Khan speaks of revolution but why is it that there is little attention paid by him to the issue of Balochistan and how military is using its might? Why is it that he is silent on the persecution of religious minorities, especially Ahmadiyyah and Hindu community? Similarly if Khan believes, as he stated elsewhere, that ‘any law that discriminates between human beings is unjust’ and if one is to believe ,as he puts it, ‘Tehreek-I-Insaaf stands for justice’ why is it that Khan has not talked about the unjust religious laws against religious minorities in Pakistan, in the face of their ever more increasing persecution day in and day out, save the same old mantra by almost all of the political class in Pakistan stating under their rule religious minorities would enjoy liberties and freedoms? But by playing his Islamic cards he is doing exactly the opposite. His explanation that Allah is Rabb-Ul-Aalaameen (Lord of the Worlds) and not Rabba-Ul-Muslimeen (Lord Of Muslims) sounds just in an idealized Islamic state. But the fact is Khan is more than sixty now and would soon be with his Rabb-Ul-Aalaameen. What about then? Would the next leadership of PTI show the same reformed mindset while pandering to the Islamic voters on the party lines set down by Khan? That is the reason a clear cut party line for PTI must be set out now, a party line which is all-inclusive, a secular one. If Imran Khan has reached such an enlightened understanding of Islam ( “In my opinion someone who is religious, who is spiritual is going to be compassionate, leftist,” he says while his party’s Ijaz Chaudhry along with religious parties declare al Qaeda leader Osama Bin Laden the ‘martyr of Islam’ at the Istehkaam-e-Pakistan Caravan on The Mall in Lahore), it does not mean every PTI voter would think like him nor would be watching every interview of his explaining his understanding of Islam. For voters, the Islamic symbols that adorn Khan’s speeches may well represent a common understanding of ‘Muslim identity’, and thus add to the present status quo’s power Khan would like to deconstruct, without an intellectual exercise to comprehend the real meaning behind Khan’s usage of them. That is the reason playing with religious politics, even with a reformed mindset, is a dangerous deed. That should answer Khan’s question to Dutt, “Am I not respecting the sentiments of my own people?” when asked about his praying on stage in front of 100,000 people.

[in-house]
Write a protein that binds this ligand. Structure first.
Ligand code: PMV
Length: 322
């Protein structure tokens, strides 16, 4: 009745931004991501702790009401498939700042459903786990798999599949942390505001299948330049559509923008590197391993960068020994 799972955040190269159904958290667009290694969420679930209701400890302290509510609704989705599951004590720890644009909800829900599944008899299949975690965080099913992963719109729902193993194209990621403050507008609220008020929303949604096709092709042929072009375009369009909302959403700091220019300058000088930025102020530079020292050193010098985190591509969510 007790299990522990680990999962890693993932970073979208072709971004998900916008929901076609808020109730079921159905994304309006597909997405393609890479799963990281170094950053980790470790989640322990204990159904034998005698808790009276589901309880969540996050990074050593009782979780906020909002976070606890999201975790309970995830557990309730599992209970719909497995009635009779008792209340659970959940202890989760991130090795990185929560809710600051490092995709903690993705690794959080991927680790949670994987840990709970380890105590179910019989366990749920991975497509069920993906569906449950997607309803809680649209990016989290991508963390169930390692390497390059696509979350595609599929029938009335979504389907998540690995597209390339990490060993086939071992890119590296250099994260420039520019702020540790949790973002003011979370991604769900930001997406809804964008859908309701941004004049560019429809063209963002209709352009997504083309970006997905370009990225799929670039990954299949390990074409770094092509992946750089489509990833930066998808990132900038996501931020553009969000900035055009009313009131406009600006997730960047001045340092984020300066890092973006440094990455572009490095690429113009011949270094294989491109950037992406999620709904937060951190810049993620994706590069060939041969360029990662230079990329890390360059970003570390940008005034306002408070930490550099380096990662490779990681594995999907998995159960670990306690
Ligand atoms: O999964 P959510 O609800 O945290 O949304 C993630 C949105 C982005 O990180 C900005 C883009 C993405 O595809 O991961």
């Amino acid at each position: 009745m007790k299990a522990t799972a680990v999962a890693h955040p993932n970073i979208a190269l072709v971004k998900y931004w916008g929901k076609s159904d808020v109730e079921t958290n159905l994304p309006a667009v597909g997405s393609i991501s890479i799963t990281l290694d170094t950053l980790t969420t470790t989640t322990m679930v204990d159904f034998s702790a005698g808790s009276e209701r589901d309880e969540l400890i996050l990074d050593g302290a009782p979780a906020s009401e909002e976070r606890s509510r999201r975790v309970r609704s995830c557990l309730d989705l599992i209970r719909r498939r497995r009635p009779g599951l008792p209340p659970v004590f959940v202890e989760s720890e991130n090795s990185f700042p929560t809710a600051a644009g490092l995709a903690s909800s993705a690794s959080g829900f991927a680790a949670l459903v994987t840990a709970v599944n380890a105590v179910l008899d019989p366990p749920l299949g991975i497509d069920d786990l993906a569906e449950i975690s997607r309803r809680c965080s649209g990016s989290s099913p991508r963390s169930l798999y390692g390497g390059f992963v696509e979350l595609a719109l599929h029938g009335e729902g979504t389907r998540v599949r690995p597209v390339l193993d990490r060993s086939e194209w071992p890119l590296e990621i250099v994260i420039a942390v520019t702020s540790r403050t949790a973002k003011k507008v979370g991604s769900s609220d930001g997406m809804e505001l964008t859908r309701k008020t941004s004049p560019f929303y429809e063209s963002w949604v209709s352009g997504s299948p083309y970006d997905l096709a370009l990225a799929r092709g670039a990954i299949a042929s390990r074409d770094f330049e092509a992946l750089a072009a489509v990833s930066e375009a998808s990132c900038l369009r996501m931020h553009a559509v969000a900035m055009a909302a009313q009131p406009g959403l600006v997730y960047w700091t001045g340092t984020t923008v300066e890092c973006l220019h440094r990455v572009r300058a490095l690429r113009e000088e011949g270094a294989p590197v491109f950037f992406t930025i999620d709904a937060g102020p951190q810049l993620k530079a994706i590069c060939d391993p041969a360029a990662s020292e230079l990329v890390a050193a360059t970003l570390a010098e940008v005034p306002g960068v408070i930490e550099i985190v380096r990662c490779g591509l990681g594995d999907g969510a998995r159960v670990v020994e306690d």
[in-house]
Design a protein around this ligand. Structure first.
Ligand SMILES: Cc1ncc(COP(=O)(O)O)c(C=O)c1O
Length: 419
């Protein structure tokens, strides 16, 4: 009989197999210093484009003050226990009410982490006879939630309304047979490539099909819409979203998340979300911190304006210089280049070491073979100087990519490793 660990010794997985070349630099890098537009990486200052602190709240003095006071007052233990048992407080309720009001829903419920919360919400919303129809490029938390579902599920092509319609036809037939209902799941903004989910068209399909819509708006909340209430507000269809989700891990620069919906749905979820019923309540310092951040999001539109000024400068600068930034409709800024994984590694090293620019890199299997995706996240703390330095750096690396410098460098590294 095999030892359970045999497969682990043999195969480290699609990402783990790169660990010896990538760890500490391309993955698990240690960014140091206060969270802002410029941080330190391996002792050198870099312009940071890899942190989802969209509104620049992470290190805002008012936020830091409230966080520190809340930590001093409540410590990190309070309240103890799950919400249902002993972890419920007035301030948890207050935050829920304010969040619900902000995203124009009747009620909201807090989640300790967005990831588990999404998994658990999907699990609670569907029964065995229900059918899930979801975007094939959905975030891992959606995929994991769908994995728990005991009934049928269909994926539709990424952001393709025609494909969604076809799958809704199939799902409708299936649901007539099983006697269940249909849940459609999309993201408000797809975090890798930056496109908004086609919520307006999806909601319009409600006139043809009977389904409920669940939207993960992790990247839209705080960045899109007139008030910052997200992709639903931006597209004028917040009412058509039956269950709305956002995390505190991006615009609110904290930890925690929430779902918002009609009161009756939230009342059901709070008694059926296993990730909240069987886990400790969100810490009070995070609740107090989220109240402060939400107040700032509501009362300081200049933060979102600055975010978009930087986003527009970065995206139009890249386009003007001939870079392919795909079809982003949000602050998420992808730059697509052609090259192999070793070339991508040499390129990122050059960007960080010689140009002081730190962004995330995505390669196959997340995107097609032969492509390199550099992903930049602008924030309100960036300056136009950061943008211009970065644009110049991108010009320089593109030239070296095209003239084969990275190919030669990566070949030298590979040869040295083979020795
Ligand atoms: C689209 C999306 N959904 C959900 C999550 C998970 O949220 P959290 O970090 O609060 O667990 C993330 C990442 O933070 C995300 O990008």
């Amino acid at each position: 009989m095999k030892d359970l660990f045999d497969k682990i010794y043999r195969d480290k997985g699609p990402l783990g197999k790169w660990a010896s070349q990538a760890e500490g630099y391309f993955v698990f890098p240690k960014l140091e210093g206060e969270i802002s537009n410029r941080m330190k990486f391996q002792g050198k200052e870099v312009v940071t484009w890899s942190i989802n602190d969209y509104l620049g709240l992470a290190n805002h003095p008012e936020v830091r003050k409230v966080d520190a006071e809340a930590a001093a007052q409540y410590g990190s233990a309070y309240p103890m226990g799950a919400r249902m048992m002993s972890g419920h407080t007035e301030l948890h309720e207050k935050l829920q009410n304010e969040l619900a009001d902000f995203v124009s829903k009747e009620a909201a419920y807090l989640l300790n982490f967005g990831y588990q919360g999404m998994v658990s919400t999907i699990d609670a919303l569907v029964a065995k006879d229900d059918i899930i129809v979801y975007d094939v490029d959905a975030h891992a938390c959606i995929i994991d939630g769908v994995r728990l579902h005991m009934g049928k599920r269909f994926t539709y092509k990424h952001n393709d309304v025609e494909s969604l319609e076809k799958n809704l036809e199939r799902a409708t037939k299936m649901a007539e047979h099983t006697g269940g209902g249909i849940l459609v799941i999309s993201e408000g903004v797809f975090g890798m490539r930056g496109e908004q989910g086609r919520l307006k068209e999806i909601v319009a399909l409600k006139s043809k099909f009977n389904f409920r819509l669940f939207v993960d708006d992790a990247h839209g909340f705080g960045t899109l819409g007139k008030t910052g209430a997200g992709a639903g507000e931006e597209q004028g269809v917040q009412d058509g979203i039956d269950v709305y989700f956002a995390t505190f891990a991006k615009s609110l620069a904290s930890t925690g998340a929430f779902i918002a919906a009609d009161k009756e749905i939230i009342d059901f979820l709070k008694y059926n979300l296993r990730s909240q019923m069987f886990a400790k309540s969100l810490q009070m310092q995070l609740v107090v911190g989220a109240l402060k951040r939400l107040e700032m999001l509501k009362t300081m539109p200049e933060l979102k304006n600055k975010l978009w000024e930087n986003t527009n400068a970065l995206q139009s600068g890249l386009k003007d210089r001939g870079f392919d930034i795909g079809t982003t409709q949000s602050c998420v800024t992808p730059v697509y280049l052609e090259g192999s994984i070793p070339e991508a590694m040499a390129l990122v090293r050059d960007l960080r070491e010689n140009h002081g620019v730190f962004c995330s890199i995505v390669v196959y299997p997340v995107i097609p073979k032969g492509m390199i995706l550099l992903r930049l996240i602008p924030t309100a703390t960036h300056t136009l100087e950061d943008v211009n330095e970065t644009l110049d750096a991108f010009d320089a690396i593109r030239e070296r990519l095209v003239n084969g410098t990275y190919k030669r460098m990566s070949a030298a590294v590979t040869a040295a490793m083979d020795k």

Khan goes on to tell Dutt how “if I was not spiritual I would not have been in politics” and “if I did not have faith in God I would not have been in politics”. Good Mr Khan. Now stop shoving your spirituality down our throats. Pakistan has religious minorities, and nonreligious minorities, apart from Liberal and Secular Muslims. Do you not count them in when you tell Ms Dutt that PTI “is a party that hopes to get all the country on the platform”?